In addition, electron producing groups may be placed in close proximity to the photoactive compound structures to increase sensitivity. Since extreme ultraviolet chemistry occurs primarily by secondary electrons that are produced when extreme ultraviolet photons absorb radiation, strategically placing extreme ultraviolet absorbing groups near the photoactive compound structures increases the efficiency of the photoactive compound chemistry.
Using DNQ-based polymers may reduce or eliminate outgassing. Currently, the main materials that are outgassing are those which are reactive, such as photoacid generators and deprotecting groups. For a one component photoactive compound, a reaction may occur under extreme ultraviolet radiation that produces only a small nitrogen molecule which will not deposit on optics surfaces.
In addition, miscibility between components is not an issue with a one component chemistry. Phase separation (Photoactive compound precipitates out from the formulation) may be an issue with two component systems such as Novalac and DNQ.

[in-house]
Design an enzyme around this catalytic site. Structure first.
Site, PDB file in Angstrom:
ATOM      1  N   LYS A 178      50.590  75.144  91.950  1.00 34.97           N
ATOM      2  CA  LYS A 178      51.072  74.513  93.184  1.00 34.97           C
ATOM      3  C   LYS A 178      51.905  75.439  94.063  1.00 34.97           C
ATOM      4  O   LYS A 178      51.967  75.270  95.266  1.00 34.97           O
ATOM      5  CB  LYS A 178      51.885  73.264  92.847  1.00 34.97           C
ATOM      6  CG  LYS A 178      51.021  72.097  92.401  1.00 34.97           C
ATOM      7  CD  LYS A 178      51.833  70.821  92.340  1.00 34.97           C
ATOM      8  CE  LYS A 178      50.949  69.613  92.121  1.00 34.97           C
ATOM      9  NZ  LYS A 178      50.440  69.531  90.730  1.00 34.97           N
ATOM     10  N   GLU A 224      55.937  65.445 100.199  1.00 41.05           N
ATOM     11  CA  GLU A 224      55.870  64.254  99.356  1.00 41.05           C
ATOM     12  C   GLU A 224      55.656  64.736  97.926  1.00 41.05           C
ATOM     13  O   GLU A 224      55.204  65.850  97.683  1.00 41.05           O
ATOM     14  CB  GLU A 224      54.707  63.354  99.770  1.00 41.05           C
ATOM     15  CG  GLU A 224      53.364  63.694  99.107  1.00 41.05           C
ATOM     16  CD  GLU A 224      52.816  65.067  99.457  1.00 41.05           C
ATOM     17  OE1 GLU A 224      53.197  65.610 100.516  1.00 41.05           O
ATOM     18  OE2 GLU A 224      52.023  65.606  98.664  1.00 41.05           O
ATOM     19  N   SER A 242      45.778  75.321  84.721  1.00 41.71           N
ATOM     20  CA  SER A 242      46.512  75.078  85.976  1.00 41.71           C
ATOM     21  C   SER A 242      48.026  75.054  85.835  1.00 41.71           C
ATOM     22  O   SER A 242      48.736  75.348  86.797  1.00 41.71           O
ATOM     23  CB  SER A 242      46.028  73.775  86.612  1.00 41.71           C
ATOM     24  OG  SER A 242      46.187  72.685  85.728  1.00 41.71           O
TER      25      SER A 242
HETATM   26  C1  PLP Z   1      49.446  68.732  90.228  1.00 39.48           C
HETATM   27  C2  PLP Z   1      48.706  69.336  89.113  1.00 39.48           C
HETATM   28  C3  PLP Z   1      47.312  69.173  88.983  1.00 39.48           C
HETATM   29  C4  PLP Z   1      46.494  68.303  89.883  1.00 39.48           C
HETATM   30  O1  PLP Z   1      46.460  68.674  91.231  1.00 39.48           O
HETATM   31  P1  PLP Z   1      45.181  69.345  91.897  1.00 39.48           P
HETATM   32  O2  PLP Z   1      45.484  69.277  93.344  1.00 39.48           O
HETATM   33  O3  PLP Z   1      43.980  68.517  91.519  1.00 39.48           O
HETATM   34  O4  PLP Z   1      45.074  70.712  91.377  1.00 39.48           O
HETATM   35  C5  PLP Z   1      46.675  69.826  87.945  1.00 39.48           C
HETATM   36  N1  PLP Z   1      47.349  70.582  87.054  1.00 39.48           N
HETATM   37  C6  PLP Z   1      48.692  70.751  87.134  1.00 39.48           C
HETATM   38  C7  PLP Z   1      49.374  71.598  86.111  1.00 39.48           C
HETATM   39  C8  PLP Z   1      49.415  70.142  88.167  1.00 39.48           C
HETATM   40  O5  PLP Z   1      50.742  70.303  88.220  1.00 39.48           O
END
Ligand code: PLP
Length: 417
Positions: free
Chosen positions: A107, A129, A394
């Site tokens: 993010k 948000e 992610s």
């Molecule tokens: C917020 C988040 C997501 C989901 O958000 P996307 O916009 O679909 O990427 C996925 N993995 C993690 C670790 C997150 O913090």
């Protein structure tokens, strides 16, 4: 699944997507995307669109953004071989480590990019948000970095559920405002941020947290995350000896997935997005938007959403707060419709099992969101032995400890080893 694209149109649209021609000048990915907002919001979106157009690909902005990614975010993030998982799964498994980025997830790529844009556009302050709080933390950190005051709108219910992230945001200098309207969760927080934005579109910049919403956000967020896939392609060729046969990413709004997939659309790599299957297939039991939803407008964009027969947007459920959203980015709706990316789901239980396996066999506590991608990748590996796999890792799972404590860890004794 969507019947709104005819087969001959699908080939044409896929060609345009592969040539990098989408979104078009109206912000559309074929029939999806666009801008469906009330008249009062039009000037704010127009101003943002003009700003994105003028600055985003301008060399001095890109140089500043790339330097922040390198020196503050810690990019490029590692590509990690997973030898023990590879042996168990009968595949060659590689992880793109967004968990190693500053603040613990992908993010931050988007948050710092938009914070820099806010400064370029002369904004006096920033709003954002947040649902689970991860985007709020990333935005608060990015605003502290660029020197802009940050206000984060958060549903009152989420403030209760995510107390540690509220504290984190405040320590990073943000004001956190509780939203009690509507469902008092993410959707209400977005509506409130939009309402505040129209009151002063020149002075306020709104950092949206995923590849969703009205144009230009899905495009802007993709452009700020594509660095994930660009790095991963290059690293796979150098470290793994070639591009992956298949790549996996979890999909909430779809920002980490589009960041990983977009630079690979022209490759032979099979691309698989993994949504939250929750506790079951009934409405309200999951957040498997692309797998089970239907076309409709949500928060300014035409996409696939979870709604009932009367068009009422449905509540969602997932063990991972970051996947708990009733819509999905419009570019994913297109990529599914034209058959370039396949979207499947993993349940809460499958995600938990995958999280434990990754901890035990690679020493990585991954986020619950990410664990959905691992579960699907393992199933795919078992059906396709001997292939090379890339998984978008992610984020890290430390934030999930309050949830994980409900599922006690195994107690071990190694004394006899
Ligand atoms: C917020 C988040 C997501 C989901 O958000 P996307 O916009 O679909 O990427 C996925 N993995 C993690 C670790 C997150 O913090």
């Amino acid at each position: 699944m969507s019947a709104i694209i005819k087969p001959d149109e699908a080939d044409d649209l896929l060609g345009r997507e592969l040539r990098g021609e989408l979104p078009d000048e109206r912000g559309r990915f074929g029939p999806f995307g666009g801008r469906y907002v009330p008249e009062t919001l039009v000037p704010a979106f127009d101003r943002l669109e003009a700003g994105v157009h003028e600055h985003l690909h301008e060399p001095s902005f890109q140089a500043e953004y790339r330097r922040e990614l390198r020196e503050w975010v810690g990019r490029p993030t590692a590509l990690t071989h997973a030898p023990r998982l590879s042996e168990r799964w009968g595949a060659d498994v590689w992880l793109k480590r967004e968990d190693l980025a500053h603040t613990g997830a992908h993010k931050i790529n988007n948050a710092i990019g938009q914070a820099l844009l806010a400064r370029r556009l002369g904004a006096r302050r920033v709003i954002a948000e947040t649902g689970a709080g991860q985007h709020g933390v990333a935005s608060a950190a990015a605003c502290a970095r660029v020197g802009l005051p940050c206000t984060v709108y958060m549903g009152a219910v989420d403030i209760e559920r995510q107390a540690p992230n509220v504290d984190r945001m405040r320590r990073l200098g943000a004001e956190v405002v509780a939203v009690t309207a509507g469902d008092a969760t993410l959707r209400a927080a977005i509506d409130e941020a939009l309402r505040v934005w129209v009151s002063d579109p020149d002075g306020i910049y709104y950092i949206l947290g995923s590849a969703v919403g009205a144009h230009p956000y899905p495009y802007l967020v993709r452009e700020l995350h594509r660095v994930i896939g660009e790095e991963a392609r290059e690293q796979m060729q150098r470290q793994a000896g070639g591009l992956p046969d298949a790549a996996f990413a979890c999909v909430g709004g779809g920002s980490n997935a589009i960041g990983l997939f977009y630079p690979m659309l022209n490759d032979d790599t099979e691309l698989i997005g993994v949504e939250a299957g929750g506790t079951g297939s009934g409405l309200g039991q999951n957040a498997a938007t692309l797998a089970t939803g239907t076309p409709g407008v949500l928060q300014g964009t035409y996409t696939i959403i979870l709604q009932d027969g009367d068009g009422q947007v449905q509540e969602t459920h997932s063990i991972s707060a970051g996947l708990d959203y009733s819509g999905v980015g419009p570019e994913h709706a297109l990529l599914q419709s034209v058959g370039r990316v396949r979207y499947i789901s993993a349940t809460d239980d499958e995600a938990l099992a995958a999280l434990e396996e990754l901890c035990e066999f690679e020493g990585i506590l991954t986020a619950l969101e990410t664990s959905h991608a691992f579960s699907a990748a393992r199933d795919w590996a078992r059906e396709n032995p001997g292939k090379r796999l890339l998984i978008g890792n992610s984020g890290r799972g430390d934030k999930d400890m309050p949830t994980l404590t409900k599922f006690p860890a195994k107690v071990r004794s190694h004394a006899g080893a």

While the present invention may be applicable to a variety of photolithography processes, it may be particularly applicable to forming extreme ultraviolet photoresist. It may also be integrated into 193 nanometer and 248 nanometer photoresists as well.
While the present invention has been described with respect to a limited number of embodiments, those skilled in the art will appreciate numerous modifications and variations therefrom. It is intended that the appended claims cover all such modifications and variations as fall within the true spirit and scope of this present invention.